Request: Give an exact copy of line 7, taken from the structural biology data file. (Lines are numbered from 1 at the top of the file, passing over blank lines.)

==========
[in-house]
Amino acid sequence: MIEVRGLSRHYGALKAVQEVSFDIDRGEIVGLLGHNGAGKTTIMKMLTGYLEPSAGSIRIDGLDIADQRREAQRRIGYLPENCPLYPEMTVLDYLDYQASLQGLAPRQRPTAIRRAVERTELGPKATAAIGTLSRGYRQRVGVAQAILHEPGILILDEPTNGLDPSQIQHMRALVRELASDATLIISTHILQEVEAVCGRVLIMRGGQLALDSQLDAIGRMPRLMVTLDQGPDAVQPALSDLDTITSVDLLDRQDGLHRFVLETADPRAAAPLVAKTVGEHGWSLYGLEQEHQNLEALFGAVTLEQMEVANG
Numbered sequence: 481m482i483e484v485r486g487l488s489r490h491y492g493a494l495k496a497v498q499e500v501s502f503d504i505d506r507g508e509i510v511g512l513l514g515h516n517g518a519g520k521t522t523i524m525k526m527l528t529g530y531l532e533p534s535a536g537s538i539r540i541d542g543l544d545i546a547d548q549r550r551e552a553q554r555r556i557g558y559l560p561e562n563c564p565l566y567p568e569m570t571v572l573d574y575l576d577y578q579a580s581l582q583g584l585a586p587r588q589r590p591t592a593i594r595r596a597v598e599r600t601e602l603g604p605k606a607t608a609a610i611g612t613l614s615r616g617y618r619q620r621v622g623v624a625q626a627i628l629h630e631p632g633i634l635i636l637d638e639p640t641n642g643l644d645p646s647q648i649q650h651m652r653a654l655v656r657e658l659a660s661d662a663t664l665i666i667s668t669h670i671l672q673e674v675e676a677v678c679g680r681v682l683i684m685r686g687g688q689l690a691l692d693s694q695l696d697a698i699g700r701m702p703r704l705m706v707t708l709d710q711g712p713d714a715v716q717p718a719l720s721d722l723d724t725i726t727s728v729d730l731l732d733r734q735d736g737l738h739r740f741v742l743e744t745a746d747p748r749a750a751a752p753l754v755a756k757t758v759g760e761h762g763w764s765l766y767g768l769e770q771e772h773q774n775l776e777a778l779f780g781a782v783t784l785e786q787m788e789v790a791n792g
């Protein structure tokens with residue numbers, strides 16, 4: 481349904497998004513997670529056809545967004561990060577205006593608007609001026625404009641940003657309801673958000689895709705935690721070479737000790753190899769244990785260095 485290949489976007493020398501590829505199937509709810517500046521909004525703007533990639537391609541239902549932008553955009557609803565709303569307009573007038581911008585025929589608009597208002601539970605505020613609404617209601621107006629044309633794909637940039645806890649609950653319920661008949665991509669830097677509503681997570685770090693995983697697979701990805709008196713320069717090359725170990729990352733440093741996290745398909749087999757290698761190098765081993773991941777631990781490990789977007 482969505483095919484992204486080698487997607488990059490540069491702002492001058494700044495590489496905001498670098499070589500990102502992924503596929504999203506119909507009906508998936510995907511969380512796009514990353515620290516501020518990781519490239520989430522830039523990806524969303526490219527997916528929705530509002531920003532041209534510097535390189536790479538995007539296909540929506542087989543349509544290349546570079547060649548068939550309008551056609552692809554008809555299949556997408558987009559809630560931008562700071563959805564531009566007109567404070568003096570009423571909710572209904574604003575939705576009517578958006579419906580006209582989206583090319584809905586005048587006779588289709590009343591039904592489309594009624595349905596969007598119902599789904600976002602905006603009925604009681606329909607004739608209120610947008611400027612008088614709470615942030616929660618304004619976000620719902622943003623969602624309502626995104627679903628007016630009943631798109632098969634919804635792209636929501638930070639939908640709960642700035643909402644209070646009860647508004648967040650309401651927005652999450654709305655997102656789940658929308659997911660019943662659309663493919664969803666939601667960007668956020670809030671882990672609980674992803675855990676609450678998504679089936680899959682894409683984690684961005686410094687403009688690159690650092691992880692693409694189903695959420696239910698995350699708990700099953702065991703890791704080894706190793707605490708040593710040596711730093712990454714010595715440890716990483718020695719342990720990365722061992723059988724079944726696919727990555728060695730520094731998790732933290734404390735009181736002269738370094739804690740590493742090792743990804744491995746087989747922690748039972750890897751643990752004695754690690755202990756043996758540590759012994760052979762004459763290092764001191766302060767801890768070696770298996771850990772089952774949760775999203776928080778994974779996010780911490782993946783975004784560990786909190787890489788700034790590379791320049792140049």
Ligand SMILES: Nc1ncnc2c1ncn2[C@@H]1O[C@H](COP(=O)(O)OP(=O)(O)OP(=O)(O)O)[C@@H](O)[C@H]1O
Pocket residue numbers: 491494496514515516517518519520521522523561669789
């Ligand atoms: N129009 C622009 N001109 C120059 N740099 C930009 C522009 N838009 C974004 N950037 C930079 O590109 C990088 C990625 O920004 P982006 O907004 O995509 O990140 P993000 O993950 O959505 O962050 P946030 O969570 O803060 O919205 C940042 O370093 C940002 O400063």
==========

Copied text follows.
């Ligand atoms: N129009 C622009 N001109 C120059 N740099 C930009 C522009 N838009 C974004 N950037 C930079 O590109 C990088 C990625 O920004 P982006 O907004 O995509 O990140 P993000 O993950 O959505 O962050 P946030 O969570 O803060 O919205 C940042 O370093 C940002 O400063």